[0005] In certain network environments, the network administrator will have full control over setting parameters at the client computers to the exclusion of the user of the client computer. Alternatively, the network may be configured to allow individual client users to configure operational parameters. However, certain parameters are more appropriately set by the network administrator to the exclusion of the individual user, such as providing network addresses and parameters to the client to allow the client to communicate over the network and utilize network devices, such as printers and network storage space. Alternatively, other parameters, such as local user interface settings are more appropriately left to the client user to configure.

[0006] In the prior art, to allow both the user of the client computer and network administrator control to configure settings, the network administrator will physically go to the client computer and set certain network address settings locally at the client computer, leaving other configuration parameters for the client computer user to set. This approach is problematic because it requires that a network administrator take the time to visit to the location of the client computer to enter certain settings.

[0007] For these reasons, there is a need in the art for an improved technique for determining the level of control over setting configuration parameters by client computer users and network administrators.

SUMMARY OF THE PREFERRED EMBODIMENTS

[0008] Preferred embodiments describe a method, system, and program for configuring a client computer connected to a network, wherein a remote computer is capable of communicating with the client computer over the network. Sets of configuration parameters are stored in a non-volatile storage unit. The sets of configuration parameters instruct at least one program how to initialize operational parameters and load programs into the client computer memory during a power on. For each set of configuration parameters, a token is stored in the non-volatile storage unit indicating access rights to the set of configuration parameters. The token specifies whether management entities running on the remote computer and client computer can access the set of configuration parameters for that token.

[0009] In further embodiments, each token specifies at least one management entity. In such case, only the management entity specified in the token has access rights to the set of configuration parameters associated with that token. At least one token specifies one management entity at the client computer and at least one other token specifies one management entity at the remote computer.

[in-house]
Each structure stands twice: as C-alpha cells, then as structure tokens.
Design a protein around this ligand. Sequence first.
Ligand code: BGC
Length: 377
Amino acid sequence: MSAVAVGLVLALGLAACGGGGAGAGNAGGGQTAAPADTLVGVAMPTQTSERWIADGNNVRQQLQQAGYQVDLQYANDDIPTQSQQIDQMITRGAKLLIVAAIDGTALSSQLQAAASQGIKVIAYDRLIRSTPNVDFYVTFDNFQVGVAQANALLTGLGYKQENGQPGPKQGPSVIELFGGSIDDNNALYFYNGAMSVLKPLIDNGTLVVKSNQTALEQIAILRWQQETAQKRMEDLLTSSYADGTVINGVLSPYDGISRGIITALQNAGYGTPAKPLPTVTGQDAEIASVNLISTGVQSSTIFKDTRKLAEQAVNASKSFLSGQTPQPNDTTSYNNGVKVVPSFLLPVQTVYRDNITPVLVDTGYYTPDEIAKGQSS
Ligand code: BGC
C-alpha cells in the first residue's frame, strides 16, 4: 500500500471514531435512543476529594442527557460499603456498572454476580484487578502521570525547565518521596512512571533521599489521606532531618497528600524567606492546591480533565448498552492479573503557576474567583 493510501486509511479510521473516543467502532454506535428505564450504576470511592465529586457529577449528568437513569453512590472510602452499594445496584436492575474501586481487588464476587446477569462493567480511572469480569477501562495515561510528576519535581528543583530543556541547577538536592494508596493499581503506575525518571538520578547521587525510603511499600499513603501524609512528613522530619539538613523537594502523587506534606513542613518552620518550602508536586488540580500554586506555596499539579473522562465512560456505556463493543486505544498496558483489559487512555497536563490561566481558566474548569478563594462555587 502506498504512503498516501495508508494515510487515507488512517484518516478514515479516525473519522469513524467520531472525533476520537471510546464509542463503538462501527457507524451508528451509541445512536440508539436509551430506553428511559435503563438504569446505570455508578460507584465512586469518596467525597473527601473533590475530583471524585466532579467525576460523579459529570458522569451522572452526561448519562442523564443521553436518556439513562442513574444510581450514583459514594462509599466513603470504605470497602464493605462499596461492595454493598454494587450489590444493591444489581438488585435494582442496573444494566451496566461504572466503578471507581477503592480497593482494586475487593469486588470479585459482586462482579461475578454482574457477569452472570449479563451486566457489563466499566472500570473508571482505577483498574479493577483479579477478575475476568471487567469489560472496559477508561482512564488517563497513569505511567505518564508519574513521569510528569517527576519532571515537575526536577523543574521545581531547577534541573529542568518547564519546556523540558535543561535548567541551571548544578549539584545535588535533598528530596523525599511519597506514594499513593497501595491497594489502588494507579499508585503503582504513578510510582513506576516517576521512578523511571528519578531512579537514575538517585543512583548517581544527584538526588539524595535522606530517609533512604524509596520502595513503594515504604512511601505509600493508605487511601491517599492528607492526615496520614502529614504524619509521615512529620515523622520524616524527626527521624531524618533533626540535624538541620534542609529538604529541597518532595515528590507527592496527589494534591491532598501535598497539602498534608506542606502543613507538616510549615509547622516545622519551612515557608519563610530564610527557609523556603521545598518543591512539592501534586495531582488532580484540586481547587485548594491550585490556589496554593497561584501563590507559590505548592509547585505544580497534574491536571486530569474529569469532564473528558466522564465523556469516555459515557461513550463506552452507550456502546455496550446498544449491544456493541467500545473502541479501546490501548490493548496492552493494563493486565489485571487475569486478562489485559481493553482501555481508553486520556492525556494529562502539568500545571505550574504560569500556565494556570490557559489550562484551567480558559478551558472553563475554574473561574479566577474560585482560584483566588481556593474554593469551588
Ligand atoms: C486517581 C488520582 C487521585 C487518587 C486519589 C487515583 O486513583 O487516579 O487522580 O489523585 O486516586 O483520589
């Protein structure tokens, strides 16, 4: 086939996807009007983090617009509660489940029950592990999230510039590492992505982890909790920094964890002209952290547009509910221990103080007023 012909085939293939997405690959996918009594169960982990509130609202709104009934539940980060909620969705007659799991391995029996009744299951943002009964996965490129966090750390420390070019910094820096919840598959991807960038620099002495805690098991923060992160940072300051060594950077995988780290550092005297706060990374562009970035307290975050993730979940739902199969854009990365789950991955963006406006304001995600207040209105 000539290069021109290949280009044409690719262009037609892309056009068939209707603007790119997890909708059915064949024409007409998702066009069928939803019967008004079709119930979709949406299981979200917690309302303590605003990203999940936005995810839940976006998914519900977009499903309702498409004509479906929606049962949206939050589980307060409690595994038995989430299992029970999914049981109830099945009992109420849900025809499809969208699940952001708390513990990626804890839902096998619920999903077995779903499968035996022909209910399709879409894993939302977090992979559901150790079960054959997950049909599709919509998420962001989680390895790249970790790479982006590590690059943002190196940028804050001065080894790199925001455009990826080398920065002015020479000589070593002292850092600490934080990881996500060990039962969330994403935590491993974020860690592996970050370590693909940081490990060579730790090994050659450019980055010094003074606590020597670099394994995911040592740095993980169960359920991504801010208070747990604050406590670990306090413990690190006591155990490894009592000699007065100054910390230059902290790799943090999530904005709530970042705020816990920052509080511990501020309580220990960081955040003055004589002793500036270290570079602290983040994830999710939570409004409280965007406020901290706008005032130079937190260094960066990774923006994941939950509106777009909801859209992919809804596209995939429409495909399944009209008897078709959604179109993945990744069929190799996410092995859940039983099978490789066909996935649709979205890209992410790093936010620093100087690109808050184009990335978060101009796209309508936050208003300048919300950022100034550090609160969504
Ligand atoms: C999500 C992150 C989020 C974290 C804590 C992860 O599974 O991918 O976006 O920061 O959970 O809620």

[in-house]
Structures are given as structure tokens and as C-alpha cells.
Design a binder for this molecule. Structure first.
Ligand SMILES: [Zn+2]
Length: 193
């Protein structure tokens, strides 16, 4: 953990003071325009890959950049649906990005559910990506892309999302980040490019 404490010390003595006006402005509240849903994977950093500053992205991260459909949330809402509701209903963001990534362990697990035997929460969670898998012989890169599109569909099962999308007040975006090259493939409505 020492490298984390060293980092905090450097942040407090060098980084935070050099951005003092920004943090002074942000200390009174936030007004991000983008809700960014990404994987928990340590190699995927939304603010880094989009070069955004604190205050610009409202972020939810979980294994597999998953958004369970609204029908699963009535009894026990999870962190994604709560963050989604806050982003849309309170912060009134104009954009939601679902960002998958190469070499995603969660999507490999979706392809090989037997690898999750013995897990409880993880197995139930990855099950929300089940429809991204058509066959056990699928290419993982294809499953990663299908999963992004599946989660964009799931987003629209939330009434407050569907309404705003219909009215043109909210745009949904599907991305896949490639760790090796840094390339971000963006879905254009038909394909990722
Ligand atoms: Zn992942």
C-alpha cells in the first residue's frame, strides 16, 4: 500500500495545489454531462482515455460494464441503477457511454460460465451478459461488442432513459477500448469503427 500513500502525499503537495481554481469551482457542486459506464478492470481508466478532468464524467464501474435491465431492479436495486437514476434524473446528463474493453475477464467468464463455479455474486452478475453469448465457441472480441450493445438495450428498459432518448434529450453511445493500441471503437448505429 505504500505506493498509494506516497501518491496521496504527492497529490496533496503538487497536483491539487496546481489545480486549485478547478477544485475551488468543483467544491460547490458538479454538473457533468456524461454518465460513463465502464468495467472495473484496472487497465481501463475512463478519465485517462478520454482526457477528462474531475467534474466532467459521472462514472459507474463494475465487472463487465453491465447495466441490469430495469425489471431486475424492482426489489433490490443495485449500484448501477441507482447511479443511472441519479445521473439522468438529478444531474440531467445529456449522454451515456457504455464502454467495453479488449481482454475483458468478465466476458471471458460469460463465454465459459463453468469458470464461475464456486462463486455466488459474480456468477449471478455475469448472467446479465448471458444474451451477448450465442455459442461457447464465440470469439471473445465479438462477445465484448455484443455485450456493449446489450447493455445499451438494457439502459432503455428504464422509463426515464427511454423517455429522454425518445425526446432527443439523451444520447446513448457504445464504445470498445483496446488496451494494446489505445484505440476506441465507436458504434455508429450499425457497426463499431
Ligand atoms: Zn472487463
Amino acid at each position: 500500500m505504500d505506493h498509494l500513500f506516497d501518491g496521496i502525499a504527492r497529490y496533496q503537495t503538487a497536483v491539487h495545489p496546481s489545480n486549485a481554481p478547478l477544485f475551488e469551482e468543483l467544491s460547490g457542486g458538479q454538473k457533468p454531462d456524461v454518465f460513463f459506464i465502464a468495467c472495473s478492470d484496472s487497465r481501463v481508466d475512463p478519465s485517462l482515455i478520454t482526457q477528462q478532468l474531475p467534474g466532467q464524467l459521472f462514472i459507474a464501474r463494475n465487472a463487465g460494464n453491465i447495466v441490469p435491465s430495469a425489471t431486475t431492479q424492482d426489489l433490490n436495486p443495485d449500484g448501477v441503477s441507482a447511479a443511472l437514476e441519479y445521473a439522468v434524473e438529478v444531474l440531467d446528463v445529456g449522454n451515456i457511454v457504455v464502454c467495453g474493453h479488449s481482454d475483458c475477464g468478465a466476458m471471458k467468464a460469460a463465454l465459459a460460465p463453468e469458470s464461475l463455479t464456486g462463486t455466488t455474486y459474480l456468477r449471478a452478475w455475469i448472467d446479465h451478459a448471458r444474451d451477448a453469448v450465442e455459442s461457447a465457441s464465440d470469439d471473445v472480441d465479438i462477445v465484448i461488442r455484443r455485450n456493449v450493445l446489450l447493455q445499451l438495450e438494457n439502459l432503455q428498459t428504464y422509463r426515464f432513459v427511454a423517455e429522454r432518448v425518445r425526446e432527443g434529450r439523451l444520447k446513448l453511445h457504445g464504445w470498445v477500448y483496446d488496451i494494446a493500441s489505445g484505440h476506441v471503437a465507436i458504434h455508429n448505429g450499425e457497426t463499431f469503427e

[0010] In still further embodiments, the client computer and remote computer are capable of modifying the access rights specified in the token if the access rights permit the client computer or remote computer requesting the modification write access to the set of configuration parameters. In such case, modifications from the client computer or remote computer to the access rights specified in the token for one set of configuration parameters are stored in the non-volatile storage unit. The modifications are made to the token if the client computer or remote computer initiating the modifications is indicated in the access rights as having write access.

[0011] In yet further embodiments, the sets of configuration parameters associated with the tokens may include network configuration parameters indicating network settings the computer uses to communicate over the network; operating system configuration parameters for an operating system loaded into the computer memory; application configuration parameters indicating parameters for application programs loaded into the computer memory; user configuration parameters indicating settings for a user interface displayed at the client computer; and Simple Network Management Protocol (SNMP) configuration parameters.

[0012] Preferred embodiments provide a technique for sharing the ability to configure parameters at a client computer between a local application and a remote network administrator. In this way, the remote computer can take control of setting certain network configuration parameters and allow a user at the client computer to retain the ability to configure parameters that do not affect the network, such as operating system, local application program and user interface settings. Moreover, in some cases, individual users should not be allowed access or control over network parameters. In this respect, preferred embodiments allow a remote administrator to grant some control but not others to a local user without having to visit the client computer.